Violation of the 210-Day Limit Imposed by the Federal Vacancies Reform Act of 1998

B-323112: May 17, 2012

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Pursuant to section 3349(b) of title 5 of the United States Code, we are reporting a violation of the Federal Vacancies Reform Act of 1998 (Vacancies Reform Act), at the Department of Housing and Urban Development (HUD). As you know, the Vacancies Reform Act establishes requirements for the temporary filling of vacant executive agency positions that require Presidential appointment and Senate confirmation. The Act generally limits the period of time that such a position may be filled with an acting official to 210 days. 5 U.S.C. 3346. Section 3349(b) requires the Comptroller General, upon a determination that an acting official is serving longer than the 210-day period (and any applicable extensions), to report such findings to Congress, the President, and the Office of Personnel Management.

May 17, 2012

The President
The White House

Subject: Violation of the 210-Day Limit Imposed by the Federal Vacancies Reform Act of 1998

Dear Mr. President:

Pursuant to section 3349(b) of title 5 of the United States Code, we are reporting a violation of the Federal Vacancies Reform Act of 1998[1] (Vacancies Reform Act), at the Department of Housing and Urban Development (HUD). As you know, the Vacancies Reform Act establishes requirements for the temporary filling of vacant executive agency positions that require Presidential appointment and Senate confirmation. The Act generally limits the period of time that such a position may be filled with an acting official to 210 days. 5 U.S.C. § 3346. Section 3349(b) requires the Comptroller General, upon a determination that an acting official is serving longer than the 210-day period (and any applicable extensions), to report such findings to Congress, the President, and the Office of Personnel Management.

As required by the Vacancies Reform Act, HUD reported to us that a vacancy in the position of Inspector General began on October 12, 2010, when Inspector General Kenneth M. Donohue resigned. This position requires Presidential appointment and Senate confirmation under the provisions of the Inspector General Act of 1978[2] and thus is subject to the Vacancies Reform Act. 5 U.S.C. § 3345(a). The Department also reported to us that Mr. Michael P. Stephens served as Acting Inspector General between October 12, 2010, and September 9, 2011.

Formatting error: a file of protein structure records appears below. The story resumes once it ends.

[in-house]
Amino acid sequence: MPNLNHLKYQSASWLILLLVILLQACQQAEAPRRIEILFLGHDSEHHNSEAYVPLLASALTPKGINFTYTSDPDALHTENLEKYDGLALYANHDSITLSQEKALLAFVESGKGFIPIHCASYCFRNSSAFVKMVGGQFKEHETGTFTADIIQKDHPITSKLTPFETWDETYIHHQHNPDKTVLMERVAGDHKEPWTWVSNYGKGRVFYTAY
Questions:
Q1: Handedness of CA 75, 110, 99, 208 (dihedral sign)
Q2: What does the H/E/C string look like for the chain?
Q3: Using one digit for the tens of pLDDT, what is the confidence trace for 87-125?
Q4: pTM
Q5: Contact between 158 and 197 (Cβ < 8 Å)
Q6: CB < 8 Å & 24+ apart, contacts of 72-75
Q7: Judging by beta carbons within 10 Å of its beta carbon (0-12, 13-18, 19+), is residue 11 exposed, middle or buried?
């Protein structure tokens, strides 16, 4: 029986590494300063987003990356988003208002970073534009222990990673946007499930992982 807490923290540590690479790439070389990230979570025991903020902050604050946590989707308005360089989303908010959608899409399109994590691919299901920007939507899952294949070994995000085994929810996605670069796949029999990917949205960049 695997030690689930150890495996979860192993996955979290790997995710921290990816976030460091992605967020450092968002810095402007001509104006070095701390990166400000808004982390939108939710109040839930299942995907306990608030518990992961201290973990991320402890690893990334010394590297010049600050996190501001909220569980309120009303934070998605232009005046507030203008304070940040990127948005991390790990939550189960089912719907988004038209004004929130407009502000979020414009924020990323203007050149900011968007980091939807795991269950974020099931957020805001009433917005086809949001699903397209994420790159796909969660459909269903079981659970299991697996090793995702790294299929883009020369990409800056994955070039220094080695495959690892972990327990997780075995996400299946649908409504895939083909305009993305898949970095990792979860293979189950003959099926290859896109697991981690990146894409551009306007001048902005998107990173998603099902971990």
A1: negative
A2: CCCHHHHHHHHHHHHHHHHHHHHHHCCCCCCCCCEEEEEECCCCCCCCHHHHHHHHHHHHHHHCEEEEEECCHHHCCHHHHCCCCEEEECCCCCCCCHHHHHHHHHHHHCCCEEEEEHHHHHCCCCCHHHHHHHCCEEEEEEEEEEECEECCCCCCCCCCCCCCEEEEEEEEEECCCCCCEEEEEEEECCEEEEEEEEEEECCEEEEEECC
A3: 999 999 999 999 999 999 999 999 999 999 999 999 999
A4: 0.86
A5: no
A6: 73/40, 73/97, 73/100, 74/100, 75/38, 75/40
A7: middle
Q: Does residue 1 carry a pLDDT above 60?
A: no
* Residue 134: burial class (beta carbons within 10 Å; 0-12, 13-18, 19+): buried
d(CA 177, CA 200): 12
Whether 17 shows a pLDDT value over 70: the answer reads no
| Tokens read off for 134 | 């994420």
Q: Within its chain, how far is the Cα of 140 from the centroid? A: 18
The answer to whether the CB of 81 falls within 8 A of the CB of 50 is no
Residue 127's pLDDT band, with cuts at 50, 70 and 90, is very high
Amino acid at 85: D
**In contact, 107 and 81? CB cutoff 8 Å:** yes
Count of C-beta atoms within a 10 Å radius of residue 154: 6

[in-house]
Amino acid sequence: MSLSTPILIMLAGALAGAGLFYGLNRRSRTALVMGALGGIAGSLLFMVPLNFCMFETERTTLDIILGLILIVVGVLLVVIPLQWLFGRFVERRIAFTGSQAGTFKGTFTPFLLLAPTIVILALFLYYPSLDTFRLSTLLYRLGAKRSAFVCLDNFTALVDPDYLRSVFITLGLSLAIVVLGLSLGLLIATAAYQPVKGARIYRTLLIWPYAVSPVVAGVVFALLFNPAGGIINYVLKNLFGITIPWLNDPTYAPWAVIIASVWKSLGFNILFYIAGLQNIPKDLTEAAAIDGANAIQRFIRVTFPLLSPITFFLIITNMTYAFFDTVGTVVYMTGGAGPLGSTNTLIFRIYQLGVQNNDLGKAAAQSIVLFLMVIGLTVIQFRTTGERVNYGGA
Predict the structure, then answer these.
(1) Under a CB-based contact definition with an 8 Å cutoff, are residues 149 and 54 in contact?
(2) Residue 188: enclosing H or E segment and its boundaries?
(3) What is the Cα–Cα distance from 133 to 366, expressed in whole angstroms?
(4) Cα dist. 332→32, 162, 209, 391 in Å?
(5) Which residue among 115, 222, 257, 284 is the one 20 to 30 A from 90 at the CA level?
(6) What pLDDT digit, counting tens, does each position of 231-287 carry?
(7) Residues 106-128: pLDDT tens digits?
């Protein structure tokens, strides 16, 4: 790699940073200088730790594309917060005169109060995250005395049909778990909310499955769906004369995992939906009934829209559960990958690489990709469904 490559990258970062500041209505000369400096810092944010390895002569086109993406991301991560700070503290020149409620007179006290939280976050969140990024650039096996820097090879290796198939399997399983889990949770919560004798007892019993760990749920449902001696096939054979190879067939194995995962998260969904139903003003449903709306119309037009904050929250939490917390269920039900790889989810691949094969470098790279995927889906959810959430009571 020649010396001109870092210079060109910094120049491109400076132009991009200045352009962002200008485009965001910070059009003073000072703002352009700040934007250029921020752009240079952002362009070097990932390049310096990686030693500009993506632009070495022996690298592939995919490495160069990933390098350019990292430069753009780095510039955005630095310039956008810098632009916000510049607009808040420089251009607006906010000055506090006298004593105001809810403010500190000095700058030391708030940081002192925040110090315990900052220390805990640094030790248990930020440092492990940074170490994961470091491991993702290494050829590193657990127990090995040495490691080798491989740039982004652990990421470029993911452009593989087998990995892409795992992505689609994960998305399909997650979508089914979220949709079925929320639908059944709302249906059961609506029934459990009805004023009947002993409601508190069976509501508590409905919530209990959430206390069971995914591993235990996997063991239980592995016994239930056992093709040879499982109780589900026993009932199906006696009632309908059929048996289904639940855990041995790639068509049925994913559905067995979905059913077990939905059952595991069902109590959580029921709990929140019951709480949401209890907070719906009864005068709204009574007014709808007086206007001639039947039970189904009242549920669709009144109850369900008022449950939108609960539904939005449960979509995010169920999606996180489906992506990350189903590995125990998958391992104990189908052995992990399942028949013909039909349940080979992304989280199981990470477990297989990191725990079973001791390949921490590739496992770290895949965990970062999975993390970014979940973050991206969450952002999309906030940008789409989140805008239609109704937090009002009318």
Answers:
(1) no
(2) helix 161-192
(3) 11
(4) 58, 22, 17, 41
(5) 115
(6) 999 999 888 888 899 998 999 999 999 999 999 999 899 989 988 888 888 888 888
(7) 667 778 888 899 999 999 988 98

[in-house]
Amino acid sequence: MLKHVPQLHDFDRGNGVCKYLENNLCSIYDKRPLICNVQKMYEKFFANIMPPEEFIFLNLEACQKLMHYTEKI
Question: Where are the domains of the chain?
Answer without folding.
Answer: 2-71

In this instance, the 210-day limit imposed by the Vacancies Reform Act on the period of Mr. Stephens’ service as Acting Inspector General ended on May 10, 2011. The Vacancies Reform Act also contains a spring-back provision that allows an acting official to resume performing the duties of the office once a nomination is submitted to the Senate for the period that such nomination is pending in the Senate. 5 U.S.C. § 3346(a)(2). Thus, Mr. Stephens could resume his service as Acting Inspector General on July 18, 2011, when the nomination of David A. Montoya for the position of Inspector General was submitted to the Senate.

However, Mr. Stephens’ service as Acting Inspector General between the dates of May 10, 2011, and July 18, 2011, was in violation of the time limitations in the Vacancies Reform Act. While the nullification provisions[3] of the Act do not apply to Inspectors General, the other provisions of the Act, including the 210-day limitation, are applicable. 5 U.S.C. § 3348(e)(3).

In accordance with the requirements of the Vacancies Reform Act, we are sending letters reporting this violation to the chairmen and ranking members of the Senate Committee on Homeland Security and Governmental Affairs, the House Committee on Oversight and Government Reform, the Senate and House Appropriations Committees, the Senate Committee on Banking, Housing, and Urban Affairs, the House Committee on Financial Services, and the Director of the Office of Personnel Management. If you have any questions regarding this matter, please call me on 202-512-5400, or Associate General Counsel Robert J. Cramer on 202-512-7227.

Sincerely yours,

Lynn H. Gibson's signature

Lynn H. Gibson
General Counsel



[1] Pub. L. No. 105-277, Div. C, Title I (Oct. 21, 1998), as amended, 5 U.S.C. §§ 3345-3349d.

[2] Pub. L. No. 95-452, 92 Stat. 1101 (Oct. 12, 1978), as amended, at 5 U.S.C. App.

[3] Generally, when a position is vacant and the applicable periods for temporary service have expired, no one but the head of an agency may perform any of the non-delegable functions or duties of the vacant position. 5 U.S.C. § 3348(b)(2). If someone violates this provision, the Vacancies Reform Act provides that the offending agency actions shall have no force or effect and may not be ratified. 5 U.S.C. § 3348(d).

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